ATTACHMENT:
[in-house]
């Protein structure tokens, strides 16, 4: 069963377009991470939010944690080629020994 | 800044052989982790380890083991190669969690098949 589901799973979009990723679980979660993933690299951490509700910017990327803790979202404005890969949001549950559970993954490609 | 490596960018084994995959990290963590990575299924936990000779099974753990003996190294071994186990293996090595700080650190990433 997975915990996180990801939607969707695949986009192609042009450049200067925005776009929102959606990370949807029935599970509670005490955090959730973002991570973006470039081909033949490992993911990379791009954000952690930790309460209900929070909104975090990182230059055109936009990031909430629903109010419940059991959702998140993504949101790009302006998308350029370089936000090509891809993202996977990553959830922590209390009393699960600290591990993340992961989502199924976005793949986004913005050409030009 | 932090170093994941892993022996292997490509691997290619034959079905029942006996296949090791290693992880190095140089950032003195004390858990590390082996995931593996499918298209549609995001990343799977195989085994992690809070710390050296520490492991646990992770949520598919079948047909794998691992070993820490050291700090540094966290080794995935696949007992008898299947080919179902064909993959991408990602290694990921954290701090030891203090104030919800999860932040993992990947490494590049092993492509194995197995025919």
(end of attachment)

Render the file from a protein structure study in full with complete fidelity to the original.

[in-house]
């Protein structure tokens, strides 16, 4: 069963377009991470939010944690080629020994 | 800044052989982790380890083991190669969690098949 589901799973979009990723679980979660993933690299951490509700910017990327803790979202404005890969949001549950559970993954490609 | 490596960018084994995959990290963590990575299924936990000779099974753990003996190294071994186990293996090595700080650190990433 997975915990996180990801939607969707695949986009192609042009450049200067925005776009929102959606990370949807029935599970509670005490955090959730973002991570973006470039081909033949490992993911990379791009954000952690930790309460209900929070909104975090990182230059055109936009990031909430629903109010419940059991959702998140993504949101790009302006998308350029370089936000090509891809993202996977990553959830922590209390009393699960600290591990993340992961989502199924976005793949986004913005050409030009 | 932090170093994941892993022996292997490509691997290619034959079905029942006996296949090791290693992880190095140089950032003195004390858990590390082996995931593996499918298209549609995001990343799977195989085994992690809070710390050296520490492991646990992770949520598919079948047909794998691992070993820490050291700090540094966290080794995935696949007992008898299947080919179902064909993959991408990602290694990921954290701090030891203090104030919800999860932040993992990947490494590049092993492509194995197995025919």